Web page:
My favorite piece of the Final Fantasy IV has always been "The Illusionary World" and the Celtic Moon version carries the mystery and intrigue with somber strings and quiet percussion with little improvisation and powerful resolution.

Unfortunately, most of the other pieces do not live up to the new orchestration. "Rydia," a quiet, reflective character theme is diminished by tenuous flutes and seemingly out of place female chorals with whispers of "Heeee." The "Theme of Love" sounds a little obnoxious played by slightly out of tune strings.

Overall this is a quality piece and a fine collector's item for any fan of the series or of Celtic music, but in the end I generally have a headache from the fiddles and high pitched woodwinds. It is a breeze to get from any HKT or online supplier.

Reviewed by: Daniel Space

This CD is awesome. Purely spectacular. It deserves more praise-like adjectives than I can think of. That might be prejudice, seeing as I am a fan of both Celtic music and Final Fantasy music...So there you have it. If you like Celtic music or Final Fantasy music, this CD is for you. Even if you hate both, the CD is STILL for you! Well...maybe not.

Final Fantasy IV Celtic Moon was originally recorded and released only months after FF4's release, but the reprint (the only version you can find these days) was released long after Final Fantasy IV itself...This CD was actually released after the Japanese release of Final Fantasy VI for Super Famicom. The CD was also reprinted in 1996, so it is somewhat easy to find in stores. So what's the music sound like? Go listen to a Celtic CD and find out. Lots of different flutes/whistles, along with harps, crazy percussional instruments, and lots of violin-ish string instruments. Every track is fully Celtic-ized, no synth (with exception to some synth vocals). Look above at the name or the arranger on this one. Miss Máire Bhreatnach...Straight from Ireland, eh? The style is true to the name, and the songs stay true to their original sounds. Every song is easy to pick up after listening to just once. Now to pick out my favorite track. My personal fave track on this awesome CD is track 11, Dancing Calcobrena. When I first heard this song (by way of playing the American FF2), I was very scared of this song. It gave me the chills. Now, because of this arrangement, I love it. I could dance to this song; in fact, I do dance to this song. My dance looks as scary as the song sounded back in the day to me ;).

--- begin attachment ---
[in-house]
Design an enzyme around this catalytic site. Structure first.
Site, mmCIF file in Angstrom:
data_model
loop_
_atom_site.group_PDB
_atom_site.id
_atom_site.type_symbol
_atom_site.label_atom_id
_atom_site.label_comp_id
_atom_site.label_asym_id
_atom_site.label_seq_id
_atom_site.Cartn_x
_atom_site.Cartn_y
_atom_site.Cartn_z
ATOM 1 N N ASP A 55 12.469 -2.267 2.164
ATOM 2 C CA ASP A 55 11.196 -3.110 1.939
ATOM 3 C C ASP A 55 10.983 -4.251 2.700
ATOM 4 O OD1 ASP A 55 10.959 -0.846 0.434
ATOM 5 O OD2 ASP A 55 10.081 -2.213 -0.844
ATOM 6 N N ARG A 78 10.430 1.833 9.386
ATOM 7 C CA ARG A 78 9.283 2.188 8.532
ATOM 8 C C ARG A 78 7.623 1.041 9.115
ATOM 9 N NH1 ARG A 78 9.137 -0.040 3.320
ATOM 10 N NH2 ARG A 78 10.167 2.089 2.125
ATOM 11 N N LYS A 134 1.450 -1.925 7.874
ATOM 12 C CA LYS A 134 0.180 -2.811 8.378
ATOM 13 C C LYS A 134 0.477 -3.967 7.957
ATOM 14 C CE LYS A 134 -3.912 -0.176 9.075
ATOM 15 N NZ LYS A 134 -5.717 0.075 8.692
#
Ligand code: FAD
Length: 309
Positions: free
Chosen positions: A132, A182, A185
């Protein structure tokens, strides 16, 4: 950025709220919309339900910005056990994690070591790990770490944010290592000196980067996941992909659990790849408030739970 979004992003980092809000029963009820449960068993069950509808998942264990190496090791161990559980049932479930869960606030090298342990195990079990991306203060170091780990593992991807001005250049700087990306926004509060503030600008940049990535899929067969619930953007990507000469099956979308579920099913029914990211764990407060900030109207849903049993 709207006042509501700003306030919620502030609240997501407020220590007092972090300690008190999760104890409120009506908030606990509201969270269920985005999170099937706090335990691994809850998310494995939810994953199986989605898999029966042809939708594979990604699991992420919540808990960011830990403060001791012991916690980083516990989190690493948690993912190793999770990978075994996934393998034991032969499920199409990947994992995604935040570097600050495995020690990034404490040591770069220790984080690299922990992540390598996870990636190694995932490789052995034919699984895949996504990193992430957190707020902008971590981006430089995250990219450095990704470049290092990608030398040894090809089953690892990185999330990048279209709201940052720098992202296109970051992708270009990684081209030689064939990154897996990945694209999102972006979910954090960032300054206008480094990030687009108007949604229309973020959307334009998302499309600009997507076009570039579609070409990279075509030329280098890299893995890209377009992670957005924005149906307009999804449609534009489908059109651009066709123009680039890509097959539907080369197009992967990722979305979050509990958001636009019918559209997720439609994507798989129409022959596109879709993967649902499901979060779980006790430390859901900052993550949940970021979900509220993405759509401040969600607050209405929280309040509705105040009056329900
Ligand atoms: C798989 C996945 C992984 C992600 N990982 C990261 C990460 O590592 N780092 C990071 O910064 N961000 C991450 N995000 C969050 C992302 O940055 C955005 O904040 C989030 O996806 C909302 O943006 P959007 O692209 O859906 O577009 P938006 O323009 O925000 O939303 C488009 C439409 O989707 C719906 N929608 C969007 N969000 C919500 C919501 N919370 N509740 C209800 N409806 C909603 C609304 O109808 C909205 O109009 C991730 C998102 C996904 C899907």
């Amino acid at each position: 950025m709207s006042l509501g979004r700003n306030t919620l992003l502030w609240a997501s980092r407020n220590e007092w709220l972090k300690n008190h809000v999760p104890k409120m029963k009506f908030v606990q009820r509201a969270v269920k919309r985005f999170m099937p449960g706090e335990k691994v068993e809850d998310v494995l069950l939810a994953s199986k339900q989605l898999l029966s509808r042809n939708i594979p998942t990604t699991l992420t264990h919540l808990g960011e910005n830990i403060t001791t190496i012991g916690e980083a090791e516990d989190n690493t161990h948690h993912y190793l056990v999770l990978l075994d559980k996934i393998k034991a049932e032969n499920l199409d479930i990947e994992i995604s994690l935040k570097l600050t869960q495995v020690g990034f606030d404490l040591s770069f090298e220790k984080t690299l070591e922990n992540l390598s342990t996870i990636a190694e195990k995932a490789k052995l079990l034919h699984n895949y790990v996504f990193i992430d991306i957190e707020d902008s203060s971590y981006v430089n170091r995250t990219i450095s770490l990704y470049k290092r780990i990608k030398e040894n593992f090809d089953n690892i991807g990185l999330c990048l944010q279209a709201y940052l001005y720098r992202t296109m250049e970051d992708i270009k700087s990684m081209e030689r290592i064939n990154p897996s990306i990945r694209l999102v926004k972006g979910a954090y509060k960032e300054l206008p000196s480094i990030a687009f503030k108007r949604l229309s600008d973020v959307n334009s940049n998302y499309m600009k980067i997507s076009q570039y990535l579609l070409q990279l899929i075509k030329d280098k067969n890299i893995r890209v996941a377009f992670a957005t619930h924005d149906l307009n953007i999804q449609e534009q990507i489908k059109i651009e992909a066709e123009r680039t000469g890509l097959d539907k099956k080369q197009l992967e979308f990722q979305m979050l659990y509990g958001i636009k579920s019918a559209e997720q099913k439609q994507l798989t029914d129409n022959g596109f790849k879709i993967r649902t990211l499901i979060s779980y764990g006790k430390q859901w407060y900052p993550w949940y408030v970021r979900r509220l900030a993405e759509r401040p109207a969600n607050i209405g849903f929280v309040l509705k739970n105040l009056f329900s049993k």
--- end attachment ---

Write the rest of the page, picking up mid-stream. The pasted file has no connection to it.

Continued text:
Reviewed by: Patrick Gann



Back




Featured Content
Pokémon Omega Ruby/Alpha Sapphire Review
Pokémon Omega Ruby/Alpha Sapphire
Review
Project Destati: LIGHT Review
Project Destati: LIGHT
Music Review
Shadows: Heretic Kingdoms Review
Shadows: Heretic Kingdoms
Review
Rhythm Encounter 19 - String Quartet
Rhythm Encounter 19
feat. Taylor Davis
Game of Thrones - A Telltale Games Series Review
Game of Thrones: Episode 1
Review
Random Encounter Episode 88
Random Encounter Episode 88
Podcast
Kingdom Hearts II.5 HD ReMix Review
Kingdom Hearts II.5 HD ReMix
Review